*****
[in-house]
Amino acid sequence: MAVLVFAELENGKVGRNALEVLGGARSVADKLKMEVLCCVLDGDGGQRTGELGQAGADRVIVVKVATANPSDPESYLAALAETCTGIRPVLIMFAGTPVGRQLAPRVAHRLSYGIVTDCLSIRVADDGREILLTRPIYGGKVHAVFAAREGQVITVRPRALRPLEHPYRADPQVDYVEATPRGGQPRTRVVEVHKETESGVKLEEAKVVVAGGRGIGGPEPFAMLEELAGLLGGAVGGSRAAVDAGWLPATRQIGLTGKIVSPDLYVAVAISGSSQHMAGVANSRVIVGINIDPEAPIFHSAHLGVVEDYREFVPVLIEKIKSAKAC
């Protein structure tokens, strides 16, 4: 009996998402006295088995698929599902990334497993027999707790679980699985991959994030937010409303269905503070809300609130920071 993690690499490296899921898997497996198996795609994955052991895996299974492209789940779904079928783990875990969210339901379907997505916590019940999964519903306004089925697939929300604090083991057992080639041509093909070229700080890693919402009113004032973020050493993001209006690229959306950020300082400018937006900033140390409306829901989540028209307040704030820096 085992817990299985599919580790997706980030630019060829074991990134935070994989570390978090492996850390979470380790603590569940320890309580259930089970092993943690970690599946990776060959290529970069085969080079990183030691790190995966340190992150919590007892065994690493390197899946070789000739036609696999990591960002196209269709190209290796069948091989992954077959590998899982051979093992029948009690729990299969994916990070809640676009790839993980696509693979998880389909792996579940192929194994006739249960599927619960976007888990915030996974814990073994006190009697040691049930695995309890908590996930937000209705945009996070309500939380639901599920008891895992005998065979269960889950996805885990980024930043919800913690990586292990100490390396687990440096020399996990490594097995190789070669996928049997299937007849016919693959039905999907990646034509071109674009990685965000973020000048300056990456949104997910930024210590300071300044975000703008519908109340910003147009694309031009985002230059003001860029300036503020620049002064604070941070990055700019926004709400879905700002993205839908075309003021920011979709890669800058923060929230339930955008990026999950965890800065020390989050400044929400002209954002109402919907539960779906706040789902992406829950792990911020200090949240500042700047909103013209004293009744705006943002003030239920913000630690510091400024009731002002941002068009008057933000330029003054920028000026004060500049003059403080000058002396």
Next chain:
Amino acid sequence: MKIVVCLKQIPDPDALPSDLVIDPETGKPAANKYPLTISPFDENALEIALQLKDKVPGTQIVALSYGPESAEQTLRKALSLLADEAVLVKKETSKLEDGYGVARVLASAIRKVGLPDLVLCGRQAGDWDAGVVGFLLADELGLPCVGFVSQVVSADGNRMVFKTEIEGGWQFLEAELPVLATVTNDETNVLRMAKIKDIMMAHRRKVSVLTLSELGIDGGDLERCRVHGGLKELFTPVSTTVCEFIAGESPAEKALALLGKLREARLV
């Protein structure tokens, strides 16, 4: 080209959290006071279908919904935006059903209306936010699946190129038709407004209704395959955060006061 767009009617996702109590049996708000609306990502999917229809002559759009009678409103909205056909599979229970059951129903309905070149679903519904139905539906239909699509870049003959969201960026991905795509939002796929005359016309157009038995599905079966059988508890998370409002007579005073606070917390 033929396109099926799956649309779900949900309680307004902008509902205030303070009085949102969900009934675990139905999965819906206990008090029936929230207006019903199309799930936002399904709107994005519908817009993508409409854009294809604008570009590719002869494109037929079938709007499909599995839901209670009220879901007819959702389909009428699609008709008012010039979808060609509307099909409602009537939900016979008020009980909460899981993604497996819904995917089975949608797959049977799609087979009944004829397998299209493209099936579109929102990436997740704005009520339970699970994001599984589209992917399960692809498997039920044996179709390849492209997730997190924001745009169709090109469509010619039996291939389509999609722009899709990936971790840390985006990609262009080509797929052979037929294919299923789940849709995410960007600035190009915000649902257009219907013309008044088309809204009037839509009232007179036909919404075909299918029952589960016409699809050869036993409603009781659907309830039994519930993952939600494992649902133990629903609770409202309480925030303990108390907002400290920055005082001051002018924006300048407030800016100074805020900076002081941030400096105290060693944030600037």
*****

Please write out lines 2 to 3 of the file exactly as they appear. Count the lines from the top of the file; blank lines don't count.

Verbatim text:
Amino acid sequence: MAVLVFAELENGKVGRNALEVLGGARSVADKLKMEVLCCVLDGDGGQRTGELGQAGADRVIVVKVATANPSDPESYLAALAETCTGIRPVLIMFAGTPVGRQLAPRVAHRLSYGIVTDCLSIRVADDGREILLTRPIYGGKVHAVFAAREGQVITVRPRALRPLEHPYRADPQVDYVEATPRGGQPRTRVVEVHKETESGVKLEEAKVVVAGGRGIGGPEPFAMLEELAGLLGGAVGGSRAAVDAGWLPATRQIGLTGKIVSPDLYVAVAISGSSQHMAGVANSRVIVGINIDPEAPIFHSAHLGVVEDYREFVPVLIEKIKSAKAC
């Protein structure tokens, strides 16, 4: 009996998402006295088995698929599902990334497993027999707790679980699985991959994030937010409303269905503070809300609130920071 993690690499490296899921898997497996198996795609994955052991895996299974492209789940779904079928783990875990969210339901379907997505916590019940999964519903306004089925697939929300604090083991057992080639041509093909070229700080890693919402009113004032973020050493993001209006690229959306950020300082400018937006900033140390409306829901989540028209307040704030820096 085992817990299985599919580790997706980030630019060829074991990134935070994989570390978090492996850390979470380790603590569940320890309580259930089970092993943690970690599946990776060959290529970069085969080079990183030691790190995966340190992150919590007892065994690493390197899946070789000739036609696999990591960002196209269709190209290796069948091989992954077959590998899982051979093992029948009690729990299969994916990070809640676009790839993980696509693979998880389909792996579940192929194994006739249960599927619960976007888990915030996974814990073994006190009697040691049930695995309890908590996930937000209705945009996070309500939380639901599920008891895992005998065979269960889950996805885990980024930043919800913690990586292990100490390396687990440096020399996990490594097995190789070669996928049997299937007849016919693959039905999907990646034509071109674009990685965000973020000048300056990456949104997910930024210590300071300044975000703008519908109340910003147009694309031009985002230059003001860029300036503020620049002064604070941070990055700019926004709400879905700002993205839908075309003021920011979709890669800058923060929230339930955008990026999950965890800065020390989050400044929400002209954002109402919907539960779906706040789902992406829950792990911020200090949240500042700047909103013209004293009744705006943002003030239920913000630690510091400024009731002002941002068009008057933000330029003054920028000026004060500049003059403080000058002396």